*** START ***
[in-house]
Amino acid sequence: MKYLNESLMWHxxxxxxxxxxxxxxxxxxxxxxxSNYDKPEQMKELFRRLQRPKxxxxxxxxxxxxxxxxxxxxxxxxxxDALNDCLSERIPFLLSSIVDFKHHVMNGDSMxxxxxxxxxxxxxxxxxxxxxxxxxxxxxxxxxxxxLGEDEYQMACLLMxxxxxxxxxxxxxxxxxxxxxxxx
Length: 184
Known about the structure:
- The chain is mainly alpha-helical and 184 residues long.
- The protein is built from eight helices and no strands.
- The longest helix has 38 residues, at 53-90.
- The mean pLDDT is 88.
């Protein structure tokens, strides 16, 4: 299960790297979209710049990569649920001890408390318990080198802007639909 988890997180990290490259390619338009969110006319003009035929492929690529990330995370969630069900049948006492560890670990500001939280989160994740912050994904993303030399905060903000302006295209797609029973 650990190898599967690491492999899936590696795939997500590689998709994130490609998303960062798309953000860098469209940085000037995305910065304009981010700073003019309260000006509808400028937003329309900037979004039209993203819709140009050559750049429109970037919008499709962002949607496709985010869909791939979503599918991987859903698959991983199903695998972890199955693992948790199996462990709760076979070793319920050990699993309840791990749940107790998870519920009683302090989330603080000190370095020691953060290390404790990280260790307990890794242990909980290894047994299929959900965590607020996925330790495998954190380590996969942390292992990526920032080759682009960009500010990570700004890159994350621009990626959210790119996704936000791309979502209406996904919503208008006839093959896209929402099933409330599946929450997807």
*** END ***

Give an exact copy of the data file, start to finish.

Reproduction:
[in-house]
Amino acid sequence: MKYLNESLMWHxxxxxxxxxxxxxxxxxxxxxxxSNYDKPEQMKELFRRLQRPKxxxxxxxxxxxxxxxxxxxxxxxxxxDALNDCLSERIPFLLSSIVDFKHHVMNGDSMxxxxxxxxxxxxxxxxxxxxxxxxxxxxxxxxxxxxLGEDEYQMACLLMxxxxxxxxxxxxxxxxxxxxxxxx
Length: 184
Known about the structure:
- The chain is mainly alpha-helical and 184 residues long.
- The protein is built from eight helices and no strands.
- The longest helix has 38 residues, at 53-90.
- The mean pLDDT is 88.
């Protein structure tokens, strides 16, 4: 299960790297979209710049990569649920001890408390318990080198802007639909 988890997180990290490259390619338009969110006319003009035929492929690529990330995370969630069900049948006492560890670990500001939280989160994740912050994904993303030399905060903000302006295209797609029973 650990190898599967690491492999899936590696795939997500590689998709994130490609998303960062798309953000860098469209940085000037995305910065304009981010700073003019309260000006509808400028937003329309900037979004039209993203819709140009050559750049429109970037919008499709962002949607496709985010869909791939979503599918991987859903698959991983199903695998972890199955693992948790199996462990709760076979070793319920050990699993309840791990749940107790998870519920009683302090989330603080000190370095020691953060290390404790990280260790307990890794242990909980290894047994299929959900965590607020996925330790495998954190380590996969942390292992990526920032080759682009960009500010990570700004890159994350621009990626959210790119996704936000791309979502209406996904919503208008006839093959896209929402099933409330599946929450997807």